Saturday, January 26, 2008

Moat, Warcop

The Vicarage

The small church of St Columba, which dates from the 12th century, backs onto the remains of a moat in the field behind.

Above. St Columba.

The moat is still fairly well defined, with earthworks surviving to a depth of about 3 feet.

(aerial photo of moat courtesy of Simon Ledingham)

The moat has been obliterated by the vicarage to the East, but about two thirds still survives.

Above. The moat viewed from the church yard.

There is documentary evidence of a castle in the small village, but it's not thought that this would have been situated at this site behind the church.

Above. The moat viewed from the road side.

J.Nicholson and R.Burn, in their History and Antiquities of the counties of Westmorland and Cumberland, state "The vicarage house hath been anciently moated round, including the garden, orchard and outhouses....with a drawbridge at the entrance." Likewise, W.Parson and W.White, in their History, directory and gazetteer of the counties of Cumberland and Westmorland, state "The vicarage was rebuilt a few years ago, and appears to have been anciently moated around." Nicholson and Burn's account was written in 1777, and Parson and Right's account in 1829. Historical documents state that the vicarage was moated due to its close proximity to the Scottish boarders.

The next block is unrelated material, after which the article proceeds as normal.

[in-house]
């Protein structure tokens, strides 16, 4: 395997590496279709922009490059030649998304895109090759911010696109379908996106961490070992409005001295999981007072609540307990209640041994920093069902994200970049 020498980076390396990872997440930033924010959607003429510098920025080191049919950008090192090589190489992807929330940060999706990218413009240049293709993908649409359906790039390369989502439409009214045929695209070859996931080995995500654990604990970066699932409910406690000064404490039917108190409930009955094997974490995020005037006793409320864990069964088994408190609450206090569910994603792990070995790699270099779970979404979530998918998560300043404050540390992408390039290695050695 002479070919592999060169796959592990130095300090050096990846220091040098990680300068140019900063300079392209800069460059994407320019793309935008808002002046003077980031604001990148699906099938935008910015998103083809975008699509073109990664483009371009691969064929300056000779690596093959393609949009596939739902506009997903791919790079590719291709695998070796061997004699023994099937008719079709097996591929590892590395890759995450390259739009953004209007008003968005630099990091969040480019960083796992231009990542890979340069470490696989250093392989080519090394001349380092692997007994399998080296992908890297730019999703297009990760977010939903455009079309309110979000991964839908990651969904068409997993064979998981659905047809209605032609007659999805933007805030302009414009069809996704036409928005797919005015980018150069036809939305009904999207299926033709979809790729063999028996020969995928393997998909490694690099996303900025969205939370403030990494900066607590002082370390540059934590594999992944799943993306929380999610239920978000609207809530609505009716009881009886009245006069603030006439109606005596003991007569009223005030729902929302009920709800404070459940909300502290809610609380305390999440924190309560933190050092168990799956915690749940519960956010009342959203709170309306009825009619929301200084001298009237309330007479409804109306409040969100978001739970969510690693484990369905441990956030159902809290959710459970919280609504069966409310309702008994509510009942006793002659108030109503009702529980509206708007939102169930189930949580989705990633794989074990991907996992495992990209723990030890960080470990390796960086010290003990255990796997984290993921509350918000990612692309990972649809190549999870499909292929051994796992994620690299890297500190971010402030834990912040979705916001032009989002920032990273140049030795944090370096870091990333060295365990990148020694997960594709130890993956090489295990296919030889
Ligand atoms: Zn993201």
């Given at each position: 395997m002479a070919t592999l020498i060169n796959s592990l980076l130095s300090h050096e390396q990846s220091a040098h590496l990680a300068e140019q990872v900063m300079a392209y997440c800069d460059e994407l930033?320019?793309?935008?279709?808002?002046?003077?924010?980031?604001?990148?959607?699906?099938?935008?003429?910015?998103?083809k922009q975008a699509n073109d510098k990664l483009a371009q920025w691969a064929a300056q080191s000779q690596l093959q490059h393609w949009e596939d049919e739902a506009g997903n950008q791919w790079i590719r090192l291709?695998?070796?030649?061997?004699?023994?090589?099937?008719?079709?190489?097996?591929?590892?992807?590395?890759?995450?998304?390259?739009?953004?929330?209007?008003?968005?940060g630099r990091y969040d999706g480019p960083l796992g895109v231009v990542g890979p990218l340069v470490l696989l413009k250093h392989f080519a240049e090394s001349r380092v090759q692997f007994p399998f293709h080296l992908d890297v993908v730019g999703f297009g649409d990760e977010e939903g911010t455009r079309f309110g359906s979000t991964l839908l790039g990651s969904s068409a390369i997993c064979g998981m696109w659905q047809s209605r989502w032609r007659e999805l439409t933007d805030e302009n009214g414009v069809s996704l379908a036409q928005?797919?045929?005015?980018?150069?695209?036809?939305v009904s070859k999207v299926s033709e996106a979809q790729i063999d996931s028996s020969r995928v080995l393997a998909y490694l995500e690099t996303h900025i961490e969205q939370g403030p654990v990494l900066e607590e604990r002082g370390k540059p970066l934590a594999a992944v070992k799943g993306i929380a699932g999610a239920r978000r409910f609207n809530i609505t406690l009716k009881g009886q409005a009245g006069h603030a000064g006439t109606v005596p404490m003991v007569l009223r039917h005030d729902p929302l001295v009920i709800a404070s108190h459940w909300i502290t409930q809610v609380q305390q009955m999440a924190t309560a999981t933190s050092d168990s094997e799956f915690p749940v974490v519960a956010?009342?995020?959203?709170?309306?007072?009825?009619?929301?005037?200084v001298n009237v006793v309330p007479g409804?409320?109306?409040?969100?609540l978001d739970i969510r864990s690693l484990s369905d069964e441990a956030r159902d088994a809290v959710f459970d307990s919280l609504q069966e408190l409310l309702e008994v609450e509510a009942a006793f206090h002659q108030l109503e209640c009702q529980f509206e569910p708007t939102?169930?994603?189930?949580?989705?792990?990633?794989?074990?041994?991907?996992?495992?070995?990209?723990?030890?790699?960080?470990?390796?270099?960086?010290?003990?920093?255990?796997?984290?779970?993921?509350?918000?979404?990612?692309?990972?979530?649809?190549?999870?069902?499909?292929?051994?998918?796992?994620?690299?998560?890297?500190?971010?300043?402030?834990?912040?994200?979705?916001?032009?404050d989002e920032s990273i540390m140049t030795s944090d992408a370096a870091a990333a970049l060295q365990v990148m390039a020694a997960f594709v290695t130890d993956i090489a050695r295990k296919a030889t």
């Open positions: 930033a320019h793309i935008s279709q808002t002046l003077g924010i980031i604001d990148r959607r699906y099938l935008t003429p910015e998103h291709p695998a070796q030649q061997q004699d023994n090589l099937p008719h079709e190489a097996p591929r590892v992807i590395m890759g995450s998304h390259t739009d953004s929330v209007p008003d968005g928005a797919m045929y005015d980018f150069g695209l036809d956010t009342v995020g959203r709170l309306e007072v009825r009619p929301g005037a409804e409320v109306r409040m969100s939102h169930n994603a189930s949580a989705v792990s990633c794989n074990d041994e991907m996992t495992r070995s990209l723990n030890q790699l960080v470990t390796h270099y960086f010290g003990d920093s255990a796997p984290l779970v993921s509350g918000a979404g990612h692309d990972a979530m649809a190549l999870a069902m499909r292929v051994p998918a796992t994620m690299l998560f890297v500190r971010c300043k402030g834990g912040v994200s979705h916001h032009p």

The moat can be viewed from the graveyard behind the church, although the undergrowth is very thick.

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